2013’s sixth most popular post is about how brain research can help us plan our lessons more effectively.
What if the way we’ve been doing lesson plans for years and years makes no sense at all, given the research on memory and brain function?
For the way I currently approach lesson planning I have to give a lot of credit to two very smart guys, Greg Duncan and John Medina.
Greg Duncan is a language teaching consultant, collaborator on the TELL project, and president of InterPrep. A couple of summers ago I was invited to attend some professional development he was doing here in Louisville. When he started talking about lesson planning, I thought, whoa, he’s right. I’ve been doing this all upside down.
Greg’s principal point when he was talking to the group I was visiting was that we’re putting the wrong things in the wrong slots within a particular lesson. According to psychological phenomena known as the primacy effect and the recency effect, our audience will best remember the content from the beginning (primacy) and end (recency) of a class.
What were you taught to do at the beginning of a class? If I remember correctly, Greg is the one from whom I heard the word administrivia. You know, checking homework, entering attendance into the computer, and so on. Some teachers I know do “bell-ringers”- activities sometimes with a learning goal, sometimes not, and specifically designed to keep students quiet while we complete our administrivia.
What were you taught to do at the end of a class? Assessment, right? Finding out if students had acquired what you want them to acquire. Is that the best use of the end of class?
So, how should we structure lesson plans according to the primacy and recency effects? Here’s what I think.
- Immediately start class with an attention-getting introduction or repetition of your current target. For, me, this is a story, song, or conversation activity.
- Save administrivia for the middle of class.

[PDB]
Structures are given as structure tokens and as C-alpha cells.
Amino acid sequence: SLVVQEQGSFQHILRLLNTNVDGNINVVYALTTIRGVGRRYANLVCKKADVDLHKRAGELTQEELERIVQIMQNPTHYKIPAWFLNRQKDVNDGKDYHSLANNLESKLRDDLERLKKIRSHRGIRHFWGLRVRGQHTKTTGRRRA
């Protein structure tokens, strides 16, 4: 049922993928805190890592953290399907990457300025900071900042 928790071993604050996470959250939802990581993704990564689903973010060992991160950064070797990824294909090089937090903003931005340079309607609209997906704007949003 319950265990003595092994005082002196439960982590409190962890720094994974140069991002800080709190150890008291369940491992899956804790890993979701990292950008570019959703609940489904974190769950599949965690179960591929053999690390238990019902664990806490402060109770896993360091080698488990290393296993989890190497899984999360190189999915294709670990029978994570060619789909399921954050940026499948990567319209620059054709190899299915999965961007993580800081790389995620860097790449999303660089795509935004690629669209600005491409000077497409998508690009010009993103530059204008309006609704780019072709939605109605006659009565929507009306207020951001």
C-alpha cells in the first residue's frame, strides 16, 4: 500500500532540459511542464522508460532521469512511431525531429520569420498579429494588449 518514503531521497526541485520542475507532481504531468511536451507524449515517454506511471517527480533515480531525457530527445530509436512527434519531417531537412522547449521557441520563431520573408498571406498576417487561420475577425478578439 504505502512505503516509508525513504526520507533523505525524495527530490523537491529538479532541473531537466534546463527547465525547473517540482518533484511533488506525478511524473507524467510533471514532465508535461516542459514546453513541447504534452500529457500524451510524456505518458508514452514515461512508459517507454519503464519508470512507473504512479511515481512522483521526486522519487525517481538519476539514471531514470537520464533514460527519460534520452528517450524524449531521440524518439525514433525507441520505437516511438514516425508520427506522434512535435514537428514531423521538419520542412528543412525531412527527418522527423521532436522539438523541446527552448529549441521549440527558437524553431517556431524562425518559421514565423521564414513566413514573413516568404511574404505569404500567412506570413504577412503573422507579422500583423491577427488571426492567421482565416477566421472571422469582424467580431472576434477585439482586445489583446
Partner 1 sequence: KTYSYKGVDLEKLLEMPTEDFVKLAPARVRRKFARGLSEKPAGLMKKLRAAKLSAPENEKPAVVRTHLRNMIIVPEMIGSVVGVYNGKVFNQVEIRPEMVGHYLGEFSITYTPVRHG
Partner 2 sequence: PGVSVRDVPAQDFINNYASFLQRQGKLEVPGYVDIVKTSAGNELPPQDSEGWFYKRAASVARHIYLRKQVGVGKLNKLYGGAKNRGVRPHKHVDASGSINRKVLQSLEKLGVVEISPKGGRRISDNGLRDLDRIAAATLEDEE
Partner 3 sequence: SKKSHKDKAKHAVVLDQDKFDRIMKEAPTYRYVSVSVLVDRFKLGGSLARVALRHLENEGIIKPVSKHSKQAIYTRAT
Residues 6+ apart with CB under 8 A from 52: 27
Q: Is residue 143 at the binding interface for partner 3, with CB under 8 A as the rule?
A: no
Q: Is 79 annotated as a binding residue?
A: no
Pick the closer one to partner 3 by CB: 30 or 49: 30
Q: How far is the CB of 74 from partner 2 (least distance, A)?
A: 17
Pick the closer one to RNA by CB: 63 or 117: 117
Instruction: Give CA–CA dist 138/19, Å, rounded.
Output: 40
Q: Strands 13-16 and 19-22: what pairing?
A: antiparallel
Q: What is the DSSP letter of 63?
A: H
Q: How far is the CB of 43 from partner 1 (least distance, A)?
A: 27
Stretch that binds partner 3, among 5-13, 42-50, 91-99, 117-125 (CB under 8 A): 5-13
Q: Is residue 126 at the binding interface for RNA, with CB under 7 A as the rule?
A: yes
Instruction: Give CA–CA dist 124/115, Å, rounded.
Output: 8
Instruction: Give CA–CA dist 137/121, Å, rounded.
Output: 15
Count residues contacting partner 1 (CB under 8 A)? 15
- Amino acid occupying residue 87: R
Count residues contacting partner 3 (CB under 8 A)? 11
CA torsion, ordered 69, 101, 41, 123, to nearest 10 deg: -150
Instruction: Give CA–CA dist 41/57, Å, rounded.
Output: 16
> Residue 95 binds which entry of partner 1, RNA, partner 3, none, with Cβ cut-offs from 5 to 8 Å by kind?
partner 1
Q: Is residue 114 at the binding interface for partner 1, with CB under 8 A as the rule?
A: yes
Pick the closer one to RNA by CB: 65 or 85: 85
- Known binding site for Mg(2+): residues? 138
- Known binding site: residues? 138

- Consider moving your assessment. I typically assess something we’ve targeted previously somewhere in the middle of today’s class. I don’t really care about their short-term memory. I rarely assess something we’ve done within this class period.
- End class with a way students can interact with the material you’re targeting. For me, this looks like retelling or summarizing a story or personal experience, or perhaps drawing a story.
This is for a 45-50 minute class period. For longer blocks of time, like 90 minutes, you really have to act like you’re teaching 2 classes, and start all over at the 45-minute mark.
After this PD with Greg, I read Brain Rules by John Medina, a molecular biologist researching how the brain learns and remembers, and I really knew I wasn’t paying enough attention to memory function. One that hit me particularly hard was Rule #4: “Attention: We don’t pay attention to boring things.” Specifically, one important part of this rule is that the human brain basically has a 10-minute attention span. From this concept John created what he calls the “10-minute rule: You must do something emotionally relevant at each 10-minute mark to regain attention.” Take 21 seconds to hear more about it.
Seriously, I have to do something interesting every 10 minutes or I’m going to lose my students?
What does this look like?
- Change activities completely, often. In my class today, we went from acting out burlarse de, to reading the end of a story, to writing our own questions about the story, to answering questions about the story, to each student writing and telling a new story based on three words we’ve targeted this week (a new activity I call Fotocuento):
- Don’t be afraid to do something completely irrelevant in the middle of class, especially if you’re doing writing or something that has to be a sustained activity. Show a funny or crazy movie, like Manu Ginobili leading Argentina to a win over Serbia in the last 3 seconds of the game. (This is easy – just pick things your students are interested in and add words like “incredible” or “amazing” video in the TL to search on YouTube.) These “irrelevant” seconds in the middle of the class won’t hurt your class; on the contrary, your students will be more motivated and attentive because of the brain break. Or, combine Rule #4 with Rule #1 – exercise boosts brain function – and do a 2-minute Zumba workout.
- Consider inserting a random fun activity into every class, especially if you have long class periods. You can find some of my ideas using the fun activities tag. It can be something as simple as sustained free-reading.
Have your lesson plans been out of whack? Given the research on brain function and memory, what will you do differently?